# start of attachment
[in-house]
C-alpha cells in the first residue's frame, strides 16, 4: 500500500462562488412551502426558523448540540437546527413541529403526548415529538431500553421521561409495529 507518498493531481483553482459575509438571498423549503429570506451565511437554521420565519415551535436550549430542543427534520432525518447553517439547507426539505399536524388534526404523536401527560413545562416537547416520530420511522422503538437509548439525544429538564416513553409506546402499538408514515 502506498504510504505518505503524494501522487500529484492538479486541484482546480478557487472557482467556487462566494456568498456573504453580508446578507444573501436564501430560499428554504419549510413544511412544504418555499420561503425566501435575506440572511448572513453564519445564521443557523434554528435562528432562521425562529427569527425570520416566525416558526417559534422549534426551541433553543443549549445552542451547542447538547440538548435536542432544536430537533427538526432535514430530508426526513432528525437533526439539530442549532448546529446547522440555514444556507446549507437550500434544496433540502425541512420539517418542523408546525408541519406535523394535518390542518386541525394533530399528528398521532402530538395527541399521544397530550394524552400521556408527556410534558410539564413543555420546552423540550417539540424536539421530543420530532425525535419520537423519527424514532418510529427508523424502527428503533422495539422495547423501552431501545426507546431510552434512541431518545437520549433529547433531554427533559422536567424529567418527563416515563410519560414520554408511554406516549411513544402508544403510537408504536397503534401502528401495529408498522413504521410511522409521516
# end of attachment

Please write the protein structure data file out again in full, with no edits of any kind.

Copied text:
[in-house]
C-alpha cells in the first residue's frame, strides 16, 4: 500500500462562488412551502426558523448540540437546527413541529403526548415529538431500553421521561409495529 507518498493531481483553482459575509438571498423549503429570506451565511437554521420565519415551535436550549430542543427534520432525518447553517439547507426539505399536524388534526404523536401527560413545562416537547416520530420511522422503538437509548439525544429538564416513553409506546402499538408514515 502506498504510504505518505503524494501522487500529484492538479486541484482546480478557487472557482467556487462566494456568498456573504453580508446578507444573501436564501430560499428554504419549510413544511412544504418555499420561503425566501435575506440572511448572513453564519445564521443557523434554528435562528432562521425562529427569527425570520416566525416558526417559534422549534426551541433553543443549549445552542451547542447538547440538548435536542432544536430537533427538526432535514430530508426526513432528525437533526439539530442549532448546529446547522440555514444556507446549507437550500434544496433540502425541512420539517418542523408546525408541519406535523394535518390542518386541525394533530399528528398521532402530538395527541399521544397530550394524552400521556408527556410534558410539564413543555420546552423540550417539540424536539421530543420530532425525535419520537423519527424514532418510529427508523424502527428503533422495539422495547423501552431501545426507546431510552434512541431518545437520549433529547433531554427533559422536567424529567418527563416515563410519560414520554408511554406516549411513544402508544403510537408504536397503534401502528401495529408498522413504521410511522409521516